Ever get the feeling that grills just don't last as long as they used to? While construction quality certainly has something to do with that, there are several factors that can dramatically reduce the lifespan of your grill. Some of these are things you might not be able to do anything about, but avoiding these problems and keeping your grill clean will do a lot to extend the life of your grill.
01 of 06
Whether charcoal or gas, a lot of "stuff" accumulates in the bottom of a grill and even if it is swept out from time to time, "stuff" remains behind. Ashes from burnt charcoal, food, sauces, marinades, sitting in contact the metal of a grill can quickly and easily eat through it. Cleaning your grill doesn't mean turning the burners on high for 10 minutes or dumping out the ashes. It means actually cleaning it. Think about it this way, a grill, no matter how much you paid for it, is a cooking appliance. Look at all the appliances around the kitchen and think about how clean they are compared to the grill on the porch. A grill should be cleaned regularly and oiled to prevent rust.
02 of 06
Though lawn fertilizers are primarily nitrogen, phosphorus, and potassium, they typically also contain ammonium nitrate, sulfur, and chlorine. These corrosive agents can eat through any metal (even stainless steel) if mixed with water and allowed to sit around for a while. Typically, fertilizers will only come in contact with the exterior of a grill, but it can cause real damage. Make sure to keep the grill covered and away from areas being fertilized. When the fertilizing is done, it wouldn't hurt to rinse off the grill surface.
03 of 06
Salt is destructive to metal. A lesson learned if you live close enough to the ocean for the salty breezes to reach you. Simply put, living near the ocean will greatly reduce the lifespan of any grill. Of course, higher quality, 304 or 316 stainless steel grills are far more resistant to corrosion, but even these can suffer the effects of salt in the air. Keeping the grill covered and clean can help, but living by the ocean is simply going to take vigilance. Regularly inspect your grill (always good advice) and if rust is found, clean it off completely before applying an oil coating. Keep the inside of the grill clean and oiled at all times, and try using an auto wax on surfaces that do not heat up to reduce corrosion.
04 of 06
Any good marinade has a base of acid to tenderize and flavor. Soak a cut of meat in a marinade for a few minutes or several hours and unless it is rinsed and dried, some of that marinade is going to be making its way into the grill. Of course, washing off a marinade defeats at least part of the process, so acidic marinade is going into the grill, and even hot, that acid is going to hit the metal and accelerate the corrosion process that all metal is subject to.Continue to 5 of 6 below.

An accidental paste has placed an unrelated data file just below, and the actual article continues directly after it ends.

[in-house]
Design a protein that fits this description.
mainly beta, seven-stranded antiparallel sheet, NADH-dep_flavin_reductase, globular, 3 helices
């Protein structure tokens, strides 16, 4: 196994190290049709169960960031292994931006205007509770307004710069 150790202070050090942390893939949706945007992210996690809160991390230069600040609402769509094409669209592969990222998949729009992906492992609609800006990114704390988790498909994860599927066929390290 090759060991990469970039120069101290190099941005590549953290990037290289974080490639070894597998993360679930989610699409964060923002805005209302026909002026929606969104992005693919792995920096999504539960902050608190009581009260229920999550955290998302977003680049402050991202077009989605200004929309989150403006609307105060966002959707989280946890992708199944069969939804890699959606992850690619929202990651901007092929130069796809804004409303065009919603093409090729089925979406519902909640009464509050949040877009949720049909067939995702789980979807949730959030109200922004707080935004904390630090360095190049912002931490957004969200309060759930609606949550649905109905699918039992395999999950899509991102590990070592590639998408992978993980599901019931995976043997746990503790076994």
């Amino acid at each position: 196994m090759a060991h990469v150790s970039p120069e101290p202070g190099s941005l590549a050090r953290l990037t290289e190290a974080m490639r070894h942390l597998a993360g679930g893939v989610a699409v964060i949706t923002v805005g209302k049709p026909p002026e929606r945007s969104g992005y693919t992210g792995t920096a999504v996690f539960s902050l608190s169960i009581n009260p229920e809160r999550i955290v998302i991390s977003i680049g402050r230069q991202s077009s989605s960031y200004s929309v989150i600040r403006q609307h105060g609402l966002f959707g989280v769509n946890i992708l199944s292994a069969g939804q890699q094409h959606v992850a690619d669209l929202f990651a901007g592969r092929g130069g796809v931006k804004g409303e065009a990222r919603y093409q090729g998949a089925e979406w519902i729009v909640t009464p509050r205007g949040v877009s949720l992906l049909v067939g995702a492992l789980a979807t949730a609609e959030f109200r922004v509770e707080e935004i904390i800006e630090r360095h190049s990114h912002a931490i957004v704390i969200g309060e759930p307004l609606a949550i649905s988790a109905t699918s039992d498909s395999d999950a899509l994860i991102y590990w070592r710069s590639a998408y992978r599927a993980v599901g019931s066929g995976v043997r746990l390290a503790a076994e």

05 of 06
The chemicals used to keep the water in a swimming pool clean and clear, are chlorine and bromine. These chemicals can form corrosive agents that will eat through the metal of a grill. The big problem is that these chemicals rise from the pool water in a vapor, setting on the surfaces and get to the insides of a grill. Even a high quality grill can see half of its lifespan lost if placed too close to a swimming pool. While cleaning the grill can help, the constant exposure to these chemicals is going to corrode the metal. Try placing your grill away from the pool and if possible up wind, so that the chemical vapor stays away.
06 of 06
Chemical de-icers contain a number of corrosive agents. Even plain rock salt will corrode metal. If ice melt solutions come in contact with a grill in sufficient amounts during the winter, you might find yourself looking for a new grill by spring. If a grill is going to be packed away for the winter, it needs to be placed in a protected location (propane tank disconnected and stored separately) where it won't come in contact with ice melt. If a grill is going to be used during the winter it should, similarly, be covered and placed where you will not be using de-icing chemicals. Of course, you can use natural ice melts which will greatly reduce the risk of corrosion (and won't kill the lawn).